Crypto Gold: The Return of Commodity Money

In this post, we’ll look at how money came to be separated from value, and how and why they’re being tied back together again in ways made possible by new technologies. We’ll see how commodities hold value over time and across borders, and consider how we can combine that stability with the fungibility we demand from a modern, international means of exchange.

Fiat currency is now being pumped into the economy in unprecedented quantities and the result is likely to be a sharp drop in its spending power accompanied by a sharp drop in the real economy occasioned by systemic issues unearthed and exacerbated by the Covid-19 pandemic.

Since it’s now possible to build a self-guaranteeing system, blockchain-based digital asset exchanges, based on the self-guaranteeing value of assets like gold, we can expect to see interest in gold as a commodity and in these currencies rising strongly. All these processes are already observable.

Commodity money, fiat money, and gold

Commodity money and fiat money lie at opposite ends of a spectrum. At one end, commodity money is money as value. The first gold coins were not representative of value; their gold content was their value, and their frankings — markings struck onto the coins by royal mints — were a promise that they were unadulterated and of full weight. (To find an unguaranteed form of commodity money, you’d have to look to devices like hack silver; weighed lumps of precious metals.)

This describes the state of money for most of history. Periodically, the precious metal content of coins fluctuated; adulterating the coinage was a key way for governments to make up for shortfalls in revenue, a practice whose modern equivalent — printing more money — we will turn to presently. When the face value of coins remained the same while their gold and silver content fell, the result was usually a loss of confidence in the coinage.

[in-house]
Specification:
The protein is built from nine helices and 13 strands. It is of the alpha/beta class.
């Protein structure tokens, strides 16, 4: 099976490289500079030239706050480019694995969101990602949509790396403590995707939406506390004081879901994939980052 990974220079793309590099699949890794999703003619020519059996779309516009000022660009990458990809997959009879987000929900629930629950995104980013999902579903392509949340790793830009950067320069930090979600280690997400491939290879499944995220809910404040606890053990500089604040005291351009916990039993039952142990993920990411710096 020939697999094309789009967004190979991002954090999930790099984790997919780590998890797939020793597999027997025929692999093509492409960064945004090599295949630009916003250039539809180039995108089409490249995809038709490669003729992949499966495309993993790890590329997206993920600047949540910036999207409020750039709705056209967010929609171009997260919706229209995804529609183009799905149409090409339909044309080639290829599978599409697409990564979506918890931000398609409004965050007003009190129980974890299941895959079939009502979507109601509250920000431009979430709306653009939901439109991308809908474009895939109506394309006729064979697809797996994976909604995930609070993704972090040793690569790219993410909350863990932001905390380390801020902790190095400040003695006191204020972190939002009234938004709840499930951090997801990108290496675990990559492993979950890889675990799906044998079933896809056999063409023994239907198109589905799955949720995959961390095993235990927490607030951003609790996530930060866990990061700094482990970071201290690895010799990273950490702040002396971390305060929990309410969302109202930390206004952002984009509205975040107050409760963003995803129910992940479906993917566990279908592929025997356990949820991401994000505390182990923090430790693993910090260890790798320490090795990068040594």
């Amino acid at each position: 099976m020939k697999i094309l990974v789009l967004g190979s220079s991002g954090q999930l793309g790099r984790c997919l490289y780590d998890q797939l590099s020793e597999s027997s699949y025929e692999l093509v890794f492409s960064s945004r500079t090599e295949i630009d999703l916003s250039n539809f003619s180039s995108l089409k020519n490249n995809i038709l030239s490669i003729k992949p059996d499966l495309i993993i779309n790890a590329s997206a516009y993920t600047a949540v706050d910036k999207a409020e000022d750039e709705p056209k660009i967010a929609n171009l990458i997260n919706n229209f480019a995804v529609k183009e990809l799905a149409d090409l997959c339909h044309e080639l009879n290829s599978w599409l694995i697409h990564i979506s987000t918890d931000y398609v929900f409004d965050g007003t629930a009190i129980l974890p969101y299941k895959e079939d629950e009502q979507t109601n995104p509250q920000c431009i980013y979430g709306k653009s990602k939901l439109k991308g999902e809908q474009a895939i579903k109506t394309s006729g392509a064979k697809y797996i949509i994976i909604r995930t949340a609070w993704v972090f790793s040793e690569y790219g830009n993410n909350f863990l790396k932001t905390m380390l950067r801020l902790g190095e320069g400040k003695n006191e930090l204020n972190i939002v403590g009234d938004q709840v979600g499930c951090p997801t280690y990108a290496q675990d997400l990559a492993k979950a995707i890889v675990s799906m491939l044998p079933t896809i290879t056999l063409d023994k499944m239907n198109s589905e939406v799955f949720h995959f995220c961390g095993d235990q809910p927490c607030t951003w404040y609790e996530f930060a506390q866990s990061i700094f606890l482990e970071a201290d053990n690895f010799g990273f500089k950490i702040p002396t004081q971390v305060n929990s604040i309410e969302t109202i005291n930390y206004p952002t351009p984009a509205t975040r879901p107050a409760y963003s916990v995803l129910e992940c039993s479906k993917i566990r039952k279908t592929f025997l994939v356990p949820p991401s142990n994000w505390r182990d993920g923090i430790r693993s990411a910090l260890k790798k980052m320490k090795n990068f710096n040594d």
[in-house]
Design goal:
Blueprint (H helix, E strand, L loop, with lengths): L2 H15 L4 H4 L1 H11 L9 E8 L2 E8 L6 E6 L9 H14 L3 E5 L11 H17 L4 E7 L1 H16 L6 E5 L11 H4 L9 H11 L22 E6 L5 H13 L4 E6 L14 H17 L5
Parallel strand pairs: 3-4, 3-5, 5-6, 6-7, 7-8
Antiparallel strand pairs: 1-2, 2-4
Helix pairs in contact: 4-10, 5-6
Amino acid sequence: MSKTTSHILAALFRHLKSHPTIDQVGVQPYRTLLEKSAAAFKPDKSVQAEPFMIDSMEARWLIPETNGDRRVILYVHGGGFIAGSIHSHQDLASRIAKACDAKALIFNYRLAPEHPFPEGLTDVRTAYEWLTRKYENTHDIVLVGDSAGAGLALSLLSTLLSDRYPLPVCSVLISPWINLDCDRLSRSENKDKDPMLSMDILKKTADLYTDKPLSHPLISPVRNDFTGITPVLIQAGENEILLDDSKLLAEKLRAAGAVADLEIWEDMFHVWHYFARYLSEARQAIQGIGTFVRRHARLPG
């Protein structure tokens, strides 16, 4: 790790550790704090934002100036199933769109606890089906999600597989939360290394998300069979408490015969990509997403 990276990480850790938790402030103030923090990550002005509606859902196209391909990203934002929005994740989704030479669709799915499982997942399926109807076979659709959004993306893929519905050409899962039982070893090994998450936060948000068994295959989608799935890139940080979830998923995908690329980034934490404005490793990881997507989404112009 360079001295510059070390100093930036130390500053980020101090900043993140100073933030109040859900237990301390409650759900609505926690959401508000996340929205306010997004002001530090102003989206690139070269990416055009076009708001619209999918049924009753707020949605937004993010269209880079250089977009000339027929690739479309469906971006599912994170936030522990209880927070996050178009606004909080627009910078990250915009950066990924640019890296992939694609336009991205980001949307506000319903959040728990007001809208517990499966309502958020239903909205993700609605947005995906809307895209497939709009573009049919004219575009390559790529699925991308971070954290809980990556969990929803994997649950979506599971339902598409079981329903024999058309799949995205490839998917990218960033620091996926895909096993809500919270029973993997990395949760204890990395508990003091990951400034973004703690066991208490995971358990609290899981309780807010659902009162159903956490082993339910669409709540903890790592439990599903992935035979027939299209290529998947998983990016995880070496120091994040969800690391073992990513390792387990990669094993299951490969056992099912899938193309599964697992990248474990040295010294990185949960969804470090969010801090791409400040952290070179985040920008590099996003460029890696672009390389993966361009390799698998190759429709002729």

By the 1700s, a new form of money began to emerge in Europe, spearheaded by the use of promissory notes, or notes of hand, among gentlemen. A gentleman’s note of hand was his promise to pay money, and was as good as money; case law in common law countries supports the notion that a note of hand is money. The issue of paper money began much earlier in China, in the 11th century, and there was also regarded as money itself.

When western governments were stuck for cash money — frequently during wars and most especially the American Civil War — they did something similar, printing paper money consisting of a ‘promise to pay.’ This form is preserved on some nations’ banknotes; in Britain, the bank notes still read, ‘I promise to pay the bearer on demand the sum of five pounds,’ or whatever the value of the note.

On its inception, this promise was meant literally; five pounds of money — gold coinage — could be exchanged for a five-pound note on demand. The requirement to have sufficient gold coinage stored to support demand led to the centralization of the banking system and its integration with state governments and national economies, and their integration into a world financial system based on gold: the gold standard.

After the second world war, this began to break down and was replaced by the Bretton Woods Agreement, which substituted the US dollar for gold worldwide. The world financial system now consisted essentially of promises to pay dollars, while dollars themselves were a fiat currency.

Fiat currencies derive their name from the Latin ‘fiat,’ meaning ‘act’ and more widely ‘make it so,’ or ‘let it be done.’ Thus a fiat currency is currency because the government says so. It represents not a given weight of precious metal but the capacity of the national economy which issues it and ultimately the willingness of citizens to use it: money by fiat, money by consent.

Since the collapse of the Breton Woods system, each national fiat currency stands alone, though in practice the dollar and Euro function as international reserve currencies.

The benefits of fiat and commodity monies, as well as of intermediate forms, can be seen by examining history. Commodity money is inelastic and inflexible. When more money is required, there is none to be had, since the principal benefit of commodity money is its scarcity and stability.